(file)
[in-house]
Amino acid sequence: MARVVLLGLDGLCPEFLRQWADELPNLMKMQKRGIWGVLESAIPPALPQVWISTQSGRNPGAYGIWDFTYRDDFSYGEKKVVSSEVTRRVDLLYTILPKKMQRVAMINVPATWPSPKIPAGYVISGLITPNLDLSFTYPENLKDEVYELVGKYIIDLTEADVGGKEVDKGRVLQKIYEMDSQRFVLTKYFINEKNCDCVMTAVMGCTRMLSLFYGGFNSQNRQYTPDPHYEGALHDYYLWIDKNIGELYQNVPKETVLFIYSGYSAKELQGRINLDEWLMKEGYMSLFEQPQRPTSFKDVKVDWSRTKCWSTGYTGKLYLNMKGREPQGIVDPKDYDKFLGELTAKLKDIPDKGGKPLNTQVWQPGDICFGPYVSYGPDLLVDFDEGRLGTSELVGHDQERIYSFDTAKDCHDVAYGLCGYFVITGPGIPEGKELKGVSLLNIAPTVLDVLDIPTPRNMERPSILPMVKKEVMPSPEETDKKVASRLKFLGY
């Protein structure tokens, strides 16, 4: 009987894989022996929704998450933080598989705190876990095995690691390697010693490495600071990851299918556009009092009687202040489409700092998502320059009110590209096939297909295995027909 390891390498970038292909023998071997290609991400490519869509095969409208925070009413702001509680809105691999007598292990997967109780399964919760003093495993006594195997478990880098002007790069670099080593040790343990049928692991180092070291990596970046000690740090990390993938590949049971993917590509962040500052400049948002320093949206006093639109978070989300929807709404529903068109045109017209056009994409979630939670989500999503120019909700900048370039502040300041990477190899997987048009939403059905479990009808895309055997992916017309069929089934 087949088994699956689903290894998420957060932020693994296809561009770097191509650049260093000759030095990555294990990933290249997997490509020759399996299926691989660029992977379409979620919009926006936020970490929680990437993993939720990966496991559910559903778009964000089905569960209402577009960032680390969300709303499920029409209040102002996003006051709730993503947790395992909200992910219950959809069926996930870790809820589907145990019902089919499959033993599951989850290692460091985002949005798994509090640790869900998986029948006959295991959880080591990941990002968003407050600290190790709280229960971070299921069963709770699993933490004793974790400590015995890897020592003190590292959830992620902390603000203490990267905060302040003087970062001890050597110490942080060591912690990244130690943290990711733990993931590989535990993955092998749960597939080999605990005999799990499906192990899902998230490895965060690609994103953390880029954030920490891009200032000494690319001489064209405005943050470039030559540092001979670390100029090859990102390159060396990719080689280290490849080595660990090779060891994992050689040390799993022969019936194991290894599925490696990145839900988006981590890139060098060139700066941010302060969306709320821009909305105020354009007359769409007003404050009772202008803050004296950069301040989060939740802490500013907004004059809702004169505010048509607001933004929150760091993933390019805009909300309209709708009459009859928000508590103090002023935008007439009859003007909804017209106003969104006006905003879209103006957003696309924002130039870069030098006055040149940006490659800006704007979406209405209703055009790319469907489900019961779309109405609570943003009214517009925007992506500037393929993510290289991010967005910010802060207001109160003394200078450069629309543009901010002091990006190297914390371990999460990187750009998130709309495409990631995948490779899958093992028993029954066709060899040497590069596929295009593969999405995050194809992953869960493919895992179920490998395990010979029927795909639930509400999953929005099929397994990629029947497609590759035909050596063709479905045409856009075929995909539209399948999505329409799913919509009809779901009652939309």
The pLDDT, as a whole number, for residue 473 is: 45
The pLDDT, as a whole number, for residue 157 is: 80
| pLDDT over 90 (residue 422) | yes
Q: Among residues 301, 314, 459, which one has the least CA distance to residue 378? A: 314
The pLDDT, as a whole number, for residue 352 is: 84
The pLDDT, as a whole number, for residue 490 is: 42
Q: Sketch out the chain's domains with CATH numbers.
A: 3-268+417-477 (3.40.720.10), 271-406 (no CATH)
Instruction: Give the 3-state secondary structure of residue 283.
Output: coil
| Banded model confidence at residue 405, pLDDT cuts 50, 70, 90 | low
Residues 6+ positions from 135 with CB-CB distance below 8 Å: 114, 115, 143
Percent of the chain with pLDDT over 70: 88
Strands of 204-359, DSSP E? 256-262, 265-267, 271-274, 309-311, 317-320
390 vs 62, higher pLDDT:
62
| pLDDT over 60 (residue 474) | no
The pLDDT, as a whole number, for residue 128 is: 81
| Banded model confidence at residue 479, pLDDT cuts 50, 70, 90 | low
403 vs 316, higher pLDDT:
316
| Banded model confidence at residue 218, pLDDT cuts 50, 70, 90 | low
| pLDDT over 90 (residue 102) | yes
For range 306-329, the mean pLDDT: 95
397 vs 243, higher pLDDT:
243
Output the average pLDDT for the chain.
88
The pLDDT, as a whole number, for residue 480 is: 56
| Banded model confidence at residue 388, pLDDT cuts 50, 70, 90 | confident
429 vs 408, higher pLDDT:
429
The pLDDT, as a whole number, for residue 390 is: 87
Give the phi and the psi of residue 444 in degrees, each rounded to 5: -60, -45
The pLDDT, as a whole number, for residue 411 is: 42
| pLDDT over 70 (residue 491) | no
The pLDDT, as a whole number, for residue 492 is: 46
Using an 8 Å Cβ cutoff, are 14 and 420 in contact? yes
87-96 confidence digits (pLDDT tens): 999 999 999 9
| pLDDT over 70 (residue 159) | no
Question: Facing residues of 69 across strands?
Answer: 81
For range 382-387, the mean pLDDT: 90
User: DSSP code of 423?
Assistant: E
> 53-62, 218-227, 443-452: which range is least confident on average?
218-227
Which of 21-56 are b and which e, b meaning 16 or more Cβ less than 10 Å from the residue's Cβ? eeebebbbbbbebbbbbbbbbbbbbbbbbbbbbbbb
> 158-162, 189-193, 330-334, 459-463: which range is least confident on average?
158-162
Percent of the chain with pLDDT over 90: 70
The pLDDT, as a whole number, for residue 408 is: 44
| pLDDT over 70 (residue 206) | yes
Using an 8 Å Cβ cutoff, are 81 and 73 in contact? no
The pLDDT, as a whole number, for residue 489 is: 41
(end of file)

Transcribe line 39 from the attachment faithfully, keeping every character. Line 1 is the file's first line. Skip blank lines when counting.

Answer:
| pLDDT over 70 (residue 491) | no